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Stock Market Tumbles While Congress Debates Proper Remedy; Party Line Splits Emerge on Homeland Security; New Yorkers Insult WTC Plans as Resembling Albany

Aired July 20, 2002 - 19:00   ET


ANNOUNCER: Live from Washington, THE CAPITAL GANG.

MARK SHIELDS, HOST: Welcome to CAPITAL GANG. I'm Mark Shields, with Al Hunt, Robert Novak, and Kate O'Beirne.

Our guest is Congressman Martin Frost of Texas, chairman of the House Democratic Caucus.

Good to have you back, Mr. Chairman.


SHIELDS: Thank you.

The Dow Jones average continued a tow-week decline of 14.5 percent with a 390-point drop yesterday. The four-month rout of stock prices continued after the Federal Reserve chairman and President Bush tried to reassure investors about the economy while condemning corporate corruption.


ALAN GREENSPAN, CHAIRMAN, FEDERAL RESERVE: An infectious greed seemed to grip much of our business community. Our historical guardians of financial information were overwhelmed.

GEORGE W. BUSH, PRESIDENT OF THE UNITED STATES: The key thing for the American people is to realize that the fundamentals for economic vitality and growth are there, and that as Chairman Greenspan said yesterday, that we've got to change from a culture of greed to a culture of responsibility.


SHIELDS: The gap quickly closed between the House Republican accounting reform bill and the tougher Senate Democratic version as a Senate-House conference began its work.

(BEGIN VIDEO CLIPS) SEN. PAUL SARBANES (D), CHAIRMAN, BANKING COMMITTEE: But I have great respect for the work that the House did. But I just want to note that since the House acted in about mid-April, little later than that, an extraordinary number of things have transpired.

UNIDENTIFIED CONGRESSMAN: I believe the Senate amendments improved upon the House package in a number of ways.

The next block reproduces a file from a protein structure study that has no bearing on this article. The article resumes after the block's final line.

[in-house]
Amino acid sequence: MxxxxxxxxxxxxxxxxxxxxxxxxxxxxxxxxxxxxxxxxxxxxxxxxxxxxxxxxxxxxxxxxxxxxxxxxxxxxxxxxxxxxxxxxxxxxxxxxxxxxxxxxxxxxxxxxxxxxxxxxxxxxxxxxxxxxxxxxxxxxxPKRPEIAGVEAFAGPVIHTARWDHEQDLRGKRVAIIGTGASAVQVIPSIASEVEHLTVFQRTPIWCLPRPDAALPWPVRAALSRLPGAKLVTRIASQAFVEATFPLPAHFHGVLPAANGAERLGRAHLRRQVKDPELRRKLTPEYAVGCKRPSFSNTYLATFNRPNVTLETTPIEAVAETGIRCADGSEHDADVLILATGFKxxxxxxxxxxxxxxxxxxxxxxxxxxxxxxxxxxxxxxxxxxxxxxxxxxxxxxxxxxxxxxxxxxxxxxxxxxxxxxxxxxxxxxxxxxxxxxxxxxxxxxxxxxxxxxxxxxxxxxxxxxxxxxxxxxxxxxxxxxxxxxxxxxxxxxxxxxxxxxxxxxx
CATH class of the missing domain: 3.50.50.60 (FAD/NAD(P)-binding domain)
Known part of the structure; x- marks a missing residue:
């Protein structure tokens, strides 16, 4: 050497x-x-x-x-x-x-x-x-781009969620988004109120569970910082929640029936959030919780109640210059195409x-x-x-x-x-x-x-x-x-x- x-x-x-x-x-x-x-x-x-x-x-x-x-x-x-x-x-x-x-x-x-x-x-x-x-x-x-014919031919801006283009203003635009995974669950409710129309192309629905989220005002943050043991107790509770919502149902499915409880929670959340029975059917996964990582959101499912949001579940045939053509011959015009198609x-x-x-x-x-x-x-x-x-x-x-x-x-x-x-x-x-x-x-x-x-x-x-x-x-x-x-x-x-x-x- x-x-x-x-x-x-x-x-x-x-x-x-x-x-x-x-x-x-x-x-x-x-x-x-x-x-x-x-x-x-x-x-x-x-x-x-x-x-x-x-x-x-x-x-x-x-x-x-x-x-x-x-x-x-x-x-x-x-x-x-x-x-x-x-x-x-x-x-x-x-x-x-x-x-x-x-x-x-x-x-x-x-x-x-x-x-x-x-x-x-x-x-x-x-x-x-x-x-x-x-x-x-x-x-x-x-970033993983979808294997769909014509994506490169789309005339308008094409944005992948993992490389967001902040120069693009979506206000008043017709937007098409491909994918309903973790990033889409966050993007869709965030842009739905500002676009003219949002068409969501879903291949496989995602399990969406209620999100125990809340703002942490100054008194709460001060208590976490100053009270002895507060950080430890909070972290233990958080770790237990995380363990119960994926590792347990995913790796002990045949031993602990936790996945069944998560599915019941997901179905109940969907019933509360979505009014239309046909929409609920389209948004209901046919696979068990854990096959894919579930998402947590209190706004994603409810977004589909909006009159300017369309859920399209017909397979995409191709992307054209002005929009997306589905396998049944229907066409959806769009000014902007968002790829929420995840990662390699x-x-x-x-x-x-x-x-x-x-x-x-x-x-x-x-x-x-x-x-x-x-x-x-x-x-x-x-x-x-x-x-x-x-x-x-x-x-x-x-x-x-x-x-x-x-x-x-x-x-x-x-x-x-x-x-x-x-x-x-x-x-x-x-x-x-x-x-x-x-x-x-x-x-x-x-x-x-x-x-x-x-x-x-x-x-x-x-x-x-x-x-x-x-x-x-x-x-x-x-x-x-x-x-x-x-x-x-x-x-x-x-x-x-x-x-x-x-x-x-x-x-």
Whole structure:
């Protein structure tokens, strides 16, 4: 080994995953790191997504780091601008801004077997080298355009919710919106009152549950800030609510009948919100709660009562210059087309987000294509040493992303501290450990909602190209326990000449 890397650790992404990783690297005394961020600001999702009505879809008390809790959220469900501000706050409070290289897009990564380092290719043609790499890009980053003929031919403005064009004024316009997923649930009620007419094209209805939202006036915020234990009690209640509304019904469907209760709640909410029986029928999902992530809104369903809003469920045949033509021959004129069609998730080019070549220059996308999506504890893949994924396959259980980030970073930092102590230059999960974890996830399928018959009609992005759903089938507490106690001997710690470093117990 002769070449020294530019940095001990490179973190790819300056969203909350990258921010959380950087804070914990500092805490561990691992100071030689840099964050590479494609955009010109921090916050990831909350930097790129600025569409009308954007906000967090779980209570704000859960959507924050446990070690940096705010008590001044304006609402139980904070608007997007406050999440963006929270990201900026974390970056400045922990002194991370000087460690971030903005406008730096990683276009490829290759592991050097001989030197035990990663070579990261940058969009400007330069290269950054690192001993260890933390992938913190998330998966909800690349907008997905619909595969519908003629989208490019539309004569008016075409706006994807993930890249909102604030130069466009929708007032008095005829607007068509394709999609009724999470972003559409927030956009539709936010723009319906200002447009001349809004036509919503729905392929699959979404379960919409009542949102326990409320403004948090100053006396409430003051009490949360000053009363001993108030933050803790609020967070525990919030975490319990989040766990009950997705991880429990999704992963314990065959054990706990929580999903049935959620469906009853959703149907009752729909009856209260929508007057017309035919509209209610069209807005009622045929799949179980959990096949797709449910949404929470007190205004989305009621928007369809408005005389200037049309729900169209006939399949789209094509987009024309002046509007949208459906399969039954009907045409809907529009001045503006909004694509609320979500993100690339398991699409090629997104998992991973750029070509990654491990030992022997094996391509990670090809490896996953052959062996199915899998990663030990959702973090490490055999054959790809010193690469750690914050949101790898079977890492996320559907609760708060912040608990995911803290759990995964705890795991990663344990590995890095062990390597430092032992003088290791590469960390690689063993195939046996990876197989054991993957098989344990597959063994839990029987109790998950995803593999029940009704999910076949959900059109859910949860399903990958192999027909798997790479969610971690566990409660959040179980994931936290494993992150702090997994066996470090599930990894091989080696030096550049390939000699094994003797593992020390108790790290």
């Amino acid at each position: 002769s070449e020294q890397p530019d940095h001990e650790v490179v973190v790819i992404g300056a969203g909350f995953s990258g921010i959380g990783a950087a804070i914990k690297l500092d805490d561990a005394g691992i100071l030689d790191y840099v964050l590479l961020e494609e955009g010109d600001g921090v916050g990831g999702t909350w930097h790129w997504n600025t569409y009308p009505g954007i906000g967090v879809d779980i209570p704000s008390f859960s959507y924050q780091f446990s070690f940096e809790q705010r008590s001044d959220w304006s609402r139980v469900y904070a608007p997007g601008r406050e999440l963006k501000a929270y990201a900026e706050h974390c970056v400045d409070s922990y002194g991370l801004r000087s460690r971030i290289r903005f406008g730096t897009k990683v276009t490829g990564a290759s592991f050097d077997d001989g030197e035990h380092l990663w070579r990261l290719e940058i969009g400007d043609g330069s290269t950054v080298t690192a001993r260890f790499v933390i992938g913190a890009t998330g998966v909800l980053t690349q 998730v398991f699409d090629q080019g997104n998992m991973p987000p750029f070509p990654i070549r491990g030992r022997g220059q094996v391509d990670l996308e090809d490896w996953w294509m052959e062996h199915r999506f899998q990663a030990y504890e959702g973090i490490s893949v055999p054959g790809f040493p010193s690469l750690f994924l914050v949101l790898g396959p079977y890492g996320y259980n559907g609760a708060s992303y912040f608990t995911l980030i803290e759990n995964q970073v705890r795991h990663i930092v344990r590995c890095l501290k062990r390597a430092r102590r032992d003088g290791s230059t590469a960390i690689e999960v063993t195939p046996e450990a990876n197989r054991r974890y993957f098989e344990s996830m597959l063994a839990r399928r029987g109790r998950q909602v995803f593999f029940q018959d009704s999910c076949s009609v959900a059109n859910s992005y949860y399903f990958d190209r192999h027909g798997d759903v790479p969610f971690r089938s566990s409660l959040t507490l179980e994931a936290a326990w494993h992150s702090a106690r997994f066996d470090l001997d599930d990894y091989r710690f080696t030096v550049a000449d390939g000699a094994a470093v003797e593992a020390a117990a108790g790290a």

SHIELDS: Kate O'Beirne, why does the market keep collapsing despite what our respected government leaders keep telling us?

KATE O'BEIRNE, CAPITAL GANG: Well, Mark, I think the message that Washington's coming to the rescue is not particularly reassuring when plenty of people on Wall Street are worried about regulatory overkill from Washington. That's in the mix here too when you look at what's happening with the stock market.

And when the majority of Americans are now in the market, good economic news doesn't persuade them when they see their own shrinking 401(k)s. And I think that's what's happening now.

Given the law of unintended consequences, like stock options, of course, are now the villain, considered the villain here in Washington, they look at the result encouraging those (ph) of previous reforms on the part of Congress.

So given the law of unintended consequences and the Republican Party that's trying to look as antibusiness, implausibly look as antibusiness as the Democratic Party, I think investors ought to be nervous about what Washington might serve up.

SHIELDS: Is that your assessment, Al Hunt?

AL HUNT, CAPITAL GANG: I would agree only with her critique of the Republican Party. Look, Billy Tauzin is an incredibly smart politician. He's also been a wholly-owned subsidiary of the accounting industry for the last 10 years, gotten over 200 grand from them. And when he starts shifting, you know the times, they are a- changing.

Mark, what we have is a crisis of confidence here. And I think it's a crisis that ignores the fact that most of the fundamentals are sound, with the exception of the fiscal situation a few years out, because of that reckless tax cut for the wealthy.